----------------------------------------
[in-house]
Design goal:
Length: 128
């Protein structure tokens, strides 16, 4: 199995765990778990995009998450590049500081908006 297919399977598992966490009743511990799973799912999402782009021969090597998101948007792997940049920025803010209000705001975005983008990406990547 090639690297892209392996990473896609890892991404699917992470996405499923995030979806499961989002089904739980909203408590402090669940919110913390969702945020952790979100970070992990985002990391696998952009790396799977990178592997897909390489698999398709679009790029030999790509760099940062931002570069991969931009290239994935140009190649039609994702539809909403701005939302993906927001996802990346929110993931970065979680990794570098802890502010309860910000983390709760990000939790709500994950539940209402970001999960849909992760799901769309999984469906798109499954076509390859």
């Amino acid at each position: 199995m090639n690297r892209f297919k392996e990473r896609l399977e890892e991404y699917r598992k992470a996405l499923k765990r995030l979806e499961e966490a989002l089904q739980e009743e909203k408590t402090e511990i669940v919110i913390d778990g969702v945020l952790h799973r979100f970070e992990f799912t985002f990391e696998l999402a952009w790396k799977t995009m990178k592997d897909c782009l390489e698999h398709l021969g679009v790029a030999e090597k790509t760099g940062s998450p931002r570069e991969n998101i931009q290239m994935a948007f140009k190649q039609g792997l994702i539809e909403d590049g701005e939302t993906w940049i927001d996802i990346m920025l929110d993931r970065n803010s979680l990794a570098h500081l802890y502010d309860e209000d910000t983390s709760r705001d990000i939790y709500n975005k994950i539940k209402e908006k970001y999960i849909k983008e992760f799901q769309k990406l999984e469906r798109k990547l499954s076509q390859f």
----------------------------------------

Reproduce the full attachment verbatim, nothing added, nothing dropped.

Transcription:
[in-house]
Design goal:
Length: 128
């Protein structure tokens, strides 16, 4: 199995765990778990995009998450590049500081908006 297919399977598992966490009743511990799973799912999402782009021969090597998101948007792997940049920025803010209000705001975005983008990406990547 090639690297892209392996990473896609890892991404699917992470996405499923995030979806499961989002089904739980909203408590402090669940919110913390969702945020952790979100970070992990985002990391696998952009790396799977990178592997897909390489698999398709679009790029030999790509760099940062931002570069991969931009290239994935140009190649039609994702539809909403701005939302993906927001996802990346929110993931970065979680990794570098802890502010309860910000983390709760990000939790709500994950539940209402970001999960849909992760799901769309999984469906798109499954076509390859």
């Amino acid at each position: 199995m090639n690297r892209f297919k392996e990473r896609l399977e890892e991404y699917r598992k992470a996405l499923k765990r995030l979806e499961e966490a989002l089904q739980e009743e909203k408590t402090e511990i669940v919110i913390d778990g969702v945020l952790h799973r979100f970070e992990f799912t985002f990391e696998l999402a952009w790396k799977t995009m990178k592997d897909c782009l390489e698999h398709l021969g679009v790029a030999e090597k790509t760099g940062s998450p931002r570069e991969n998101i931009q290239m994935a948007f140009k190649q039609g792997l994702i539809e909403d590049g701005e939302t993906w940049i927001d996802i990346m920025l929110d993931r970065n803010s979680l990794a570098h500081l802890y502010d309860e209000d910000t983390s709760r705001d990000i939790y709500n975005k994950i539940k209402e908006k970001y999960i849909k983008e992760f799901q769309k990406l999984e469906r798109k990547l499954s076509q390859f």